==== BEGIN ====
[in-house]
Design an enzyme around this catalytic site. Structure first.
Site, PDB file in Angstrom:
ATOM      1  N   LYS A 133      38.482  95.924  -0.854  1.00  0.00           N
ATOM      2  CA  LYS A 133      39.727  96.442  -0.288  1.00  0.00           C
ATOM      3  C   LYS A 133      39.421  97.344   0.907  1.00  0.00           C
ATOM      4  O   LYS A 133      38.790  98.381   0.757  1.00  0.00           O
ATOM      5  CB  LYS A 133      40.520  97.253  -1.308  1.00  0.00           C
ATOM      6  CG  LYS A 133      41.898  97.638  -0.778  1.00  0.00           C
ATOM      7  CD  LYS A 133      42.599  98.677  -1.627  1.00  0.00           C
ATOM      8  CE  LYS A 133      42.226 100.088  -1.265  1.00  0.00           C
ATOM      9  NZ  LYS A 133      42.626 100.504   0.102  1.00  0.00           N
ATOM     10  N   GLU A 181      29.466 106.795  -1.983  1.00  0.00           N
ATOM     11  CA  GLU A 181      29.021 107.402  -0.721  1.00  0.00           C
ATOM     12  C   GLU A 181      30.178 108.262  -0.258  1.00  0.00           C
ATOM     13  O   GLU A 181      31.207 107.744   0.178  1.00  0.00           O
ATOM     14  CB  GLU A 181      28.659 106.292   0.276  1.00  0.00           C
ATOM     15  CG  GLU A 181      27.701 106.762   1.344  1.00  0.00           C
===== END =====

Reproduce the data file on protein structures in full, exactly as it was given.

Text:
[in-house]
Design an enzyme around this catalytic site. Structure first.
Site, PDB file in Angstrom:
ATOM      1  N   LYS A 133      38.482  95.924  -0.854  1.00  0.00           N
ATOM      2  CA  LYS A 133      39.727  96.442  -0.288  1.00  0.00           C
ATOM      3  C   LYS A 133      39.421  97.344   0.907  1.00  0.00           C
ATOM      4  O   LYS A 133      38.790  98.381   0.757  1.00  0.00           O
ATOM      5  CB  LYS A 133      40.520  97.253  -1.308  1.00  0.00           C
ATOM      6  CG  LYS A 133      41.898  97.638  -0.778  1.00  0.00           C
ATOM      7  CD  LYS A 133      42.599  98.677  -1.627  1.00  0.00           C
ATOM      8  CE  LYS A 133      42.226 100.088  -1.265  1.00  0.00           C
ATOM      9  NZ  LYS A 133      42.626 100.504   0.102  1.00  0.00           N
ATOM     10  N   GLU A 181      29.466 106.795  -1.983  1.00  0.00           N
ATOM     11  CA  GLU A 181      29.021 107.402  -0.721  1.00  0.00           C
ATOM     12  C   GLU A 181      30.178 108.262  -0.258  1.00  0.00           C
ATOM     13  O   GLU A 181      31.207 107.744   0.178  1.00  0.00           O
ATOM     14  CB  GLU A 181      28.659 106.292   0.276  1.00  0.00           C
ATOM     15  CG  GLU A 181      27.701 106.762   1.344  1.00  0.00           C